Processors for SMP and AMP

Most multicore processors, such as the x86 architectures, are extensions of multiprocessing architectures that developed to serve desktop computing. Thus they and the software available for them, such as Linux and Windows, favor the SMP configuration. Among such multicore processors, the sharing of L2 cache, memory controller, and peripheral bus is typically built into the architecture. There are some processors, however, that do provide separate resources. The Freescale 8641D, for instance, provides independent L2 cache and memory control for each of its cores. These features may make it a more natural fit for developers pursuing an AMP-style migration.

Migrating to multicore

As mentioned, the migration of a VME application to a multicore processor will depend on the migration path desired, the software processes involved, and the target processor.

The easiest migration is application consolidation to an SMP configuration, when functions on two or more boards that employ the same OS migrate to a multicore processor. If independent peripheral resources are available for each core and there is sufficient processing capacity available, this type of migration can be simple to implement. All the developer needs to do is to execute the applications under the combined OS, letting the OS scheduler handle load balancing.

Application consolidation might follow an AMP migration when different operating systems are involved, so that developers can assign each OS to a different core. An AMP migration may also be required when resources need protection and tasks demand isolation because they can interact, or when careful load balancing is necessary because the combined load approaches processor capacity. In these cases, however, the migration can become complex and not for the faint-of-heart. Developers must evaluate the I/O and processor utilization for each task and manually assign tasks to cores to keep resource and processor load balanced. The assignments must be evaluated when running the processes concurrently in order to check for interactions between cores and to ensure that minimum performance levels are met under worst-case conditions. If processes run under different operating systems, developers may consider using server virtualization to simplify partitioning and isolation for each process. Virtualization, however, lowers performance by adding overhead, adds another layer of complexity to the migration effort, and may not be available for all target processor architectures.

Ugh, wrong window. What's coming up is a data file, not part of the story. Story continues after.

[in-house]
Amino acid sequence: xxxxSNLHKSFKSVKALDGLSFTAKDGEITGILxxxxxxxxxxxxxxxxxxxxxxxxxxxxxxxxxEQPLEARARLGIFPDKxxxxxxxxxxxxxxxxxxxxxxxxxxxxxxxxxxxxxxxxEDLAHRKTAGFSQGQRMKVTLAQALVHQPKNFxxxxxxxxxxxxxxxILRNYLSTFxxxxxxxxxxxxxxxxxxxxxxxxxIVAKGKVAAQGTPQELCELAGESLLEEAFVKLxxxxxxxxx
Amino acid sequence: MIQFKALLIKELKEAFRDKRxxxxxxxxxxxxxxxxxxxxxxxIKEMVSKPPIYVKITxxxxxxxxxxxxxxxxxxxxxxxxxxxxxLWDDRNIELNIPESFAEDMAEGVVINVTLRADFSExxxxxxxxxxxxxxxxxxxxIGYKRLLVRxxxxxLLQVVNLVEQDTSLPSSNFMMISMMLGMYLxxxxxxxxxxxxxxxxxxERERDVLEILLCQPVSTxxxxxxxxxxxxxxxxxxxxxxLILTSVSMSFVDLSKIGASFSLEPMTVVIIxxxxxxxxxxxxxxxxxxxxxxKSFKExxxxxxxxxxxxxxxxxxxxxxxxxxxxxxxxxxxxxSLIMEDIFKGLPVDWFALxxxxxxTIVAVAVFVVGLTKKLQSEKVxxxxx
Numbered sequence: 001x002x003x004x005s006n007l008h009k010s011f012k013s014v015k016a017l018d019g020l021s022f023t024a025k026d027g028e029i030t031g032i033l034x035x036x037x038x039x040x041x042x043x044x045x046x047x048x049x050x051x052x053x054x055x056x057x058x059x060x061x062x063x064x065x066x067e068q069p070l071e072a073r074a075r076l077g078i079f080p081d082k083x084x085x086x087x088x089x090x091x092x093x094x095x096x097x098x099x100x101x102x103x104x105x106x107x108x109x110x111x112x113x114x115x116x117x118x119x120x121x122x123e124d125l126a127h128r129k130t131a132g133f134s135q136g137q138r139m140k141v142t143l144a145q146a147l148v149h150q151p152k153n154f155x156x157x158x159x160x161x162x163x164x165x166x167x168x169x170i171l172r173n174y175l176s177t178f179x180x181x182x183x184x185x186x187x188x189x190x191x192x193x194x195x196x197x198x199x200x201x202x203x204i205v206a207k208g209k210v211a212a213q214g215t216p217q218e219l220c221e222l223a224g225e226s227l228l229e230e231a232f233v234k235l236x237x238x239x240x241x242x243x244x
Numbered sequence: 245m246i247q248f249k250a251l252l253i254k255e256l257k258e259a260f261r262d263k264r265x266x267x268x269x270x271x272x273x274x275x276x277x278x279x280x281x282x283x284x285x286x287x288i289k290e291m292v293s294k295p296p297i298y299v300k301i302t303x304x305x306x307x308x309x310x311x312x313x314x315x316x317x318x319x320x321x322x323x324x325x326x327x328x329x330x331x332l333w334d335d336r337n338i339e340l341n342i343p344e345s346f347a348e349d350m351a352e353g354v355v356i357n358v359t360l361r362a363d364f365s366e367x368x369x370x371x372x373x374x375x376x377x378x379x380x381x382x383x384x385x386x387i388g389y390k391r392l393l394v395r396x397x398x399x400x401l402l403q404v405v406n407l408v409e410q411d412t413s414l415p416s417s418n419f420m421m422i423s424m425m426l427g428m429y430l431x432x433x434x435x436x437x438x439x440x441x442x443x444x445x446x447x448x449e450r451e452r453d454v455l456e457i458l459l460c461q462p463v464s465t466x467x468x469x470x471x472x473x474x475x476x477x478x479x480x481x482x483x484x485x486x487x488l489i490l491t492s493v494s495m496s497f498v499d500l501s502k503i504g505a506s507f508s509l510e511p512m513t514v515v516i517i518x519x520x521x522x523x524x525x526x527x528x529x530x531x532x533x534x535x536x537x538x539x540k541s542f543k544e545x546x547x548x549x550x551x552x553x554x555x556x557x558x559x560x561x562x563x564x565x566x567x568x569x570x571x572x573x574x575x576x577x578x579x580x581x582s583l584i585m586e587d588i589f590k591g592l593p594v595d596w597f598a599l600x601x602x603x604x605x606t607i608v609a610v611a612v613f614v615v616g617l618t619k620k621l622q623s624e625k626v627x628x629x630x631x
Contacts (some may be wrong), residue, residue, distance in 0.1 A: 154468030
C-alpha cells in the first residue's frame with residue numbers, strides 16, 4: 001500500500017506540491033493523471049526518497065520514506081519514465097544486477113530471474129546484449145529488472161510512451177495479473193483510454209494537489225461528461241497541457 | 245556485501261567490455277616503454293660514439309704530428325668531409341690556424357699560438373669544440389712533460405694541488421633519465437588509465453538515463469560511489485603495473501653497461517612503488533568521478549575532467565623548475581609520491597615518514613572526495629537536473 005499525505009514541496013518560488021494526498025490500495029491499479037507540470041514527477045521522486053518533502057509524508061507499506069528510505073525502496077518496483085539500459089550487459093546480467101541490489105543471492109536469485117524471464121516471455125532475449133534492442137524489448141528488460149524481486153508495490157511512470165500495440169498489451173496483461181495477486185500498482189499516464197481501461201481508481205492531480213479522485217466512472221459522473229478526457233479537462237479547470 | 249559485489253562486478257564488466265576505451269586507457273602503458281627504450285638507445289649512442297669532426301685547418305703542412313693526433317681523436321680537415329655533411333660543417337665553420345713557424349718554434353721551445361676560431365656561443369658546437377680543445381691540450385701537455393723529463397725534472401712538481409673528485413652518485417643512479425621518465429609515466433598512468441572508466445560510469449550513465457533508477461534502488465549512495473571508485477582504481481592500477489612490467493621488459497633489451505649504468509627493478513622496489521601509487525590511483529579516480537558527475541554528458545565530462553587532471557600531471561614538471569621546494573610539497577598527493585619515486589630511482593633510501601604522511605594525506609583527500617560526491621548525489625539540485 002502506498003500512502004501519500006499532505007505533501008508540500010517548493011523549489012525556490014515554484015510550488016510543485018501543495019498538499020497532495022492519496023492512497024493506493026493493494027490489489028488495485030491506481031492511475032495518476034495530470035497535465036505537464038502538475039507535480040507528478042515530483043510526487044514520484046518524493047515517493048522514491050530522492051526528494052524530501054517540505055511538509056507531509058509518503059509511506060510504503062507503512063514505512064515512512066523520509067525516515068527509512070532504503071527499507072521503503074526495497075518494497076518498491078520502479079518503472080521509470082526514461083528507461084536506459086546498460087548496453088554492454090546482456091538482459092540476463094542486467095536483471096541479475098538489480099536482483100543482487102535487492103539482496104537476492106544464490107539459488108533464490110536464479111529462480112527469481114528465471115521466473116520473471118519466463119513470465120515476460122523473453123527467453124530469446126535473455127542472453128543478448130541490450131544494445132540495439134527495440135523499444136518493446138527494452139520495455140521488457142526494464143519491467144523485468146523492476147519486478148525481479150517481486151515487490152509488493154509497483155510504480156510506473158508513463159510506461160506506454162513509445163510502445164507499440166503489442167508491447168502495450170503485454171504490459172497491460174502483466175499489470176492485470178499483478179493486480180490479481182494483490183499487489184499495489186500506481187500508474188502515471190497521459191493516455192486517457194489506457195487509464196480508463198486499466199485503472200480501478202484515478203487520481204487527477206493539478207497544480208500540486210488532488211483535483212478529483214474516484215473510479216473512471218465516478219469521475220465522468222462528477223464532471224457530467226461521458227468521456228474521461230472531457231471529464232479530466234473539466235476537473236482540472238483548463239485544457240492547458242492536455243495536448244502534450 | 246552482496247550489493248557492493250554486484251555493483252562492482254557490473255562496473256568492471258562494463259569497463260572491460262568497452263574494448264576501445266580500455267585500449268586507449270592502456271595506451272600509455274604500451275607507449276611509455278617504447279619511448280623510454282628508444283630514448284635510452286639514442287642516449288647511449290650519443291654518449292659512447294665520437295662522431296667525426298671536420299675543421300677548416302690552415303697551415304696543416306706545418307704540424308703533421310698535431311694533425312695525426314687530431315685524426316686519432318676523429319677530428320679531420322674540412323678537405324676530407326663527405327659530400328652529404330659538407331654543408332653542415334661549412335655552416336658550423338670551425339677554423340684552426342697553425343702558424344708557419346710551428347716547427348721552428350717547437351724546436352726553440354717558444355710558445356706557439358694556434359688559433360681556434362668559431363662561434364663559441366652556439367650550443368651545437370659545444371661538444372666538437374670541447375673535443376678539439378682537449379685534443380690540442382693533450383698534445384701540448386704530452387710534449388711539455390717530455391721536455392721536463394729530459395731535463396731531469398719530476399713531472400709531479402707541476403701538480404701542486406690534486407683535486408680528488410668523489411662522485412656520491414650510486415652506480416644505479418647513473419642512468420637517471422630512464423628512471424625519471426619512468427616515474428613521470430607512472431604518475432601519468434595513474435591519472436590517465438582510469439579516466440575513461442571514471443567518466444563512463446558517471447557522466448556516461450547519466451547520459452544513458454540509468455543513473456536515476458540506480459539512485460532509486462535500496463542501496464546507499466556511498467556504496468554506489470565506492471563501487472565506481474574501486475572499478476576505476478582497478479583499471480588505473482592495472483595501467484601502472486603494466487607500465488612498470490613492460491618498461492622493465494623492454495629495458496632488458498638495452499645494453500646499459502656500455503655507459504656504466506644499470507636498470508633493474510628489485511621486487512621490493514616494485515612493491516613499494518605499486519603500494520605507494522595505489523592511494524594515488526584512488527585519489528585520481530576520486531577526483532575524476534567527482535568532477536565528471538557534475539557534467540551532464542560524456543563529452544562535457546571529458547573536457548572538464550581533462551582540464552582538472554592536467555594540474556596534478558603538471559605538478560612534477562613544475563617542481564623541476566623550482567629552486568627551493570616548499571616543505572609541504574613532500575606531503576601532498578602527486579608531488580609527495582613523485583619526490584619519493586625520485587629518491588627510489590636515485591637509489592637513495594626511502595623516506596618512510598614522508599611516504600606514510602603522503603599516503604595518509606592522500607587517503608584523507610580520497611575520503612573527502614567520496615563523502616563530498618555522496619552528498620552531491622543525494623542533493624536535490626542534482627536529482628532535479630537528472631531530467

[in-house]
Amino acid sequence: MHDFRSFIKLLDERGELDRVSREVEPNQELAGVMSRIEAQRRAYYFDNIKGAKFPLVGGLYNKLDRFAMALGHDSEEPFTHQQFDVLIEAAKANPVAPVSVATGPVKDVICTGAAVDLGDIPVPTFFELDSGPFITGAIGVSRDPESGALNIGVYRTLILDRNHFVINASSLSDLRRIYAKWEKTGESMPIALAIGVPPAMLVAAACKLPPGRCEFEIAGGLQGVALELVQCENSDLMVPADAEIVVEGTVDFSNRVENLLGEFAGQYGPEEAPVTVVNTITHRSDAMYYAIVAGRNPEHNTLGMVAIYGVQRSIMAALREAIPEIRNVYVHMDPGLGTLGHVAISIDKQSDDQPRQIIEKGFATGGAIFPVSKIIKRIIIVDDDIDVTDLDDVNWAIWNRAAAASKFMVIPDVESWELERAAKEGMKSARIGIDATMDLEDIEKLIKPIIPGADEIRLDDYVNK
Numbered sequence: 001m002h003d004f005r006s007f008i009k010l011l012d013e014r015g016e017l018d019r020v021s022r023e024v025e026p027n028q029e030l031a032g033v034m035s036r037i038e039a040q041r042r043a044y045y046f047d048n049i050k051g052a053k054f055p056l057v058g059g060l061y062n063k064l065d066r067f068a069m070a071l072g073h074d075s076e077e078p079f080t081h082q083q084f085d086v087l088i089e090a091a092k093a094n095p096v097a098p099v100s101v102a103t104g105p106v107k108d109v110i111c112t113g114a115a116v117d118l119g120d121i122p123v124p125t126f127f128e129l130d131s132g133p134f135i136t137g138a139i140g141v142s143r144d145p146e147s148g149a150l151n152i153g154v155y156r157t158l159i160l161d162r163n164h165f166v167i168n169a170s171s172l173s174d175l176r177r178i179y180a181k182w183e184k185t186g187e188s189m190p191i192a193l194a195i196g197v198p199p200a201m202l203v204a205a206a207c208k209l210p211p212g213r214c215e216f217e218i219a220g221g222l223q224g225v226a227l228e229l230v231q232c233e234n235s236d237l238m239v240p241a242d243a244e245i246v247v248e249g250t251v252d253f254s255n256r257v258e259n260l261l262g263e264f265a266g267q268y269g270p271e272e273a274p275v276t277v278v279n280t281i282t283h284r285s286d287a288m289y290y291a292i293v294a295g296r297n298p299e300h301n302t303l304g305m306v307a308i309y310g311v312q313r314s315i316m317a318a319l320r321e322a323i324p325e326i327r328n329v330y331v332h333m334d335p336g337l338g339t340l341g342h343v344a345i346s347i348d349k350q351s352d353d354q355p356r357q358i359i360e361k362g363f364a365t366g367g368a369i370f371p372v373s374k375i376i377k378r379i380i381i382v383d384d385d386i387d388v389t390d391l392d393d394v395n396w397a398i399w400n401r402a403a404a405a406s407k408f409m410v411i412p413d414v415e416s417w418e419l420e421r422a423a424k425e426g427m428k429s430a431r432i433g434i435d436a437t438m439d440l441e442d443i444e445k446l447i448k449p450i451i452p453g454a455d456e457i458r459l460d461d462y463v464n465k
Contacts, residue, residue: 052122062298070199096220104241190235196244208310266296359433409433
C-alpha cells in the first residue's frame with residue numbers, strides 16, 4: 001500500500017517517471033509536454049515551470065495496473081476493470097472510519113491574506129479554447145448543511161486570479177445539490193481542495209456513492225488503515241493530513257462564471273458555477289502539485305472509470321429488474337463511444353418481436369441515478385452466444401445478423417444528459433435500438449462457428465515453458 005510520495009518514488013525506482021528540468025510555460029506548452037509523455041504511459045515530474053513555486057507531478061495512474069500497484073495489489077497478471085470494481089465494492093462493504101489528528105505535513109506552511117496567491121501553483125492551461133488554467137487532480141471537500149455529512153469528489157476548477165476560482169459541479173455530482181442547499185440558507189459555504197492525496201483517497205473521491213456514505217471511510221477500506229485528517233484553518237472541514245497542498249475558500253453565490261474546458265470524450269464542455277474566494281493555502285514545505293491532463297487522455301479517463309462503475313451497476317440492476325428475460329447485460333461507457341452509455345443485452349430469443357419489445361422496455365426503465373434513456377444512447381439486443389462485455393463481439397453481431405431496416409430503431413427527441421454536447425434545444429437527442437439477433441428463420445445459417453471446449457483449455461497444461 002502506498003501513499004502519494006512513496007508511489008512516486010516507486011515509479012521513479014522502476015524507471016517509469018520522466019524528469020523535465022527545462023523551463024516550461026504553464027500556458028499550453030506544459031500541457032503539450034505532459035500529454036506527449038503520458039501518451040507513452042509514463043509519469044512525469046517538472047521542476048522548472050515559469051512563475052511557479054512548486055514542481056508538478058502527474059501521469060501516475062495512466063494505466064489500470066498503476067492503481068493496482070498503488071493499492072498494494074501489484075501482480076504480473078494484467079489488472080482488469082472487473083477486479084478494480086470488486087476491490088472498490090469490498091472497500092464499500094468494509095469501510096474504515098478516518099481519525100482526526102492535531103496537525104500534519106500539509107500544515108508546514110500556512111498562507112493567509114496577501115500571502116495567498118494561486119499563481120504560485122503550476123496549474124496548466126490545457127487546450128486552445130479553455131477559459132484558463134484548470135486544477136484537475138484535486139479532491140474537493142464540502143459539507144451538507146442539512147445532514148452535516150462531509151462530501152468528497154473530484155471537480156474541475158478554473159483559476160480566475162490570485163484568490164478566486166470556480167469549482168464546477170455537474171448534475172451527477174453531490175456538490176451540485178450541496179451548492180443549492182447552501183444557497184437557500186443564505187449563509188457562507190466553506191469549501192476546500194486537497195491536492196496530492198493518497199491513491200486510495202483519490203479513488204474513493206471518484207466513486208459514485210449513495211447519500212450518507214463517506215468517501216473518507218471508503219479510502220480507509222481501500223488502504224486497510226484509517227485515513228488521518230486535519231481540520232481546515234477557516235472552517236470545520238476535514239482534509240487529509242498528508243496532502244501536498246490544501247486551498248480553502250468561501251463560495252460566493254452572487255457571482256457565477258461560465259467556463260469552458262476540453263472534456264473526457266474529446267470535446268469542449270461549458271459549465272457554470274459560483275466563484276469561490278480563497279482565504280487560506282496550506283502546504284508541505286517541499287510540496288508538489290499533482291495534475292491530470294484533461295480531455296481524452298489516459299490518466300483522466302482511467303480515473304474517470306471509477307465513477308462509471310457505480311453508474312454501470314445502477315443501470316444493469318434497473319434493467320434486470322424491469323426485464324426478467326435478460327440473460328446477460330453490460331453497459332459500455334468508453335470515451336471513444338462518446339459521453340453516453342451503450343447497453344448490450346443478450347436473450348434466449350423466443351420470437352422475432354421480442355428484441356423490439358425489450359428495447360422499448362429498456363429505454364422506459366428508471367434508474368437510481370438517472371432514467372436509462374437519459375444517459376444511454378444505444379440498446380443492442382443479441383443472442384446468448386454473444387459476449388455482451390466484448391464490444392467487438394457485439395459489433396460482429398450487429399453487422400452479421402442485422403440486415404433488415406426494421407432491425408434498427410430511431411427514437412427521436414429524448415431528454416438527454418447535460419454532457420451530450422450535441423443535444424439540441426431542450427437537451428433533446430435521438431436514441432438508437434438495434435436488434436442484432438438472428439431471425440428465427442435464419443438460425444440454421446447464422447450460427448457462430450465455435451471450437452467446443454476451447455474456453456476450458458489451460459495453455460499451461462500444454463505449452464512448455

In application consolidation, the application code itself typically needs little or no modification because it is already in the form of independent processes. In application acceleration, however, the program must typically be rewritten into multiple processes or threads in order to take advantage of the additional processor cores. When splitting a single application into smaller tasks, the hard partitioning of AMP, with its manual partitioning and attendant risks and effort, offers few advantages. As a result, the SMP configuration is the typical target for application acceleration migrations. The migration choice then becomes how to best recode the application to realize performance gains with a minimum amount of effort.

When migrating a single application to SMP multicore, the application needs to be rewritten to run as a set of smaller, independently executable units so that the OS can control their sharing of system resources and take advantage of the parallelism offered by more than one core. These units can be relatively large (processes) or quite small (threads). Rewriting the application for multithreaded operation, though, can be an order of magnitude more time consuming than rewriting for multiprocess operation because of the greater likelihood that the units will interact and create debugging challenges. The advantage of multithreaded operation, however, is more efficient utilization of processing capacity.

Implementing fine-grained multiprocessing requires that the processes be synchronized as well as architected for data flow through shared resources. Program code might need to be hand optimized for processor and resource utilization. Because of explicit resource partitioning, AMP may be more appropriate for this type of migration. This approach requires the most software development, but results in the highest performance efficiency.

Performance issues

Achieving substantial performance improvements by moving to multicore processing is not guaranteed, however, regardless of configuration. The maximum performance improvement attainable in multiprocessing by adding another core to a group of N cores executing code is approximately 1/N (Amdahl's Law). Thus, moving from one core to two may double performance, but adding a third can only give an additional 50 percent boost, and so on.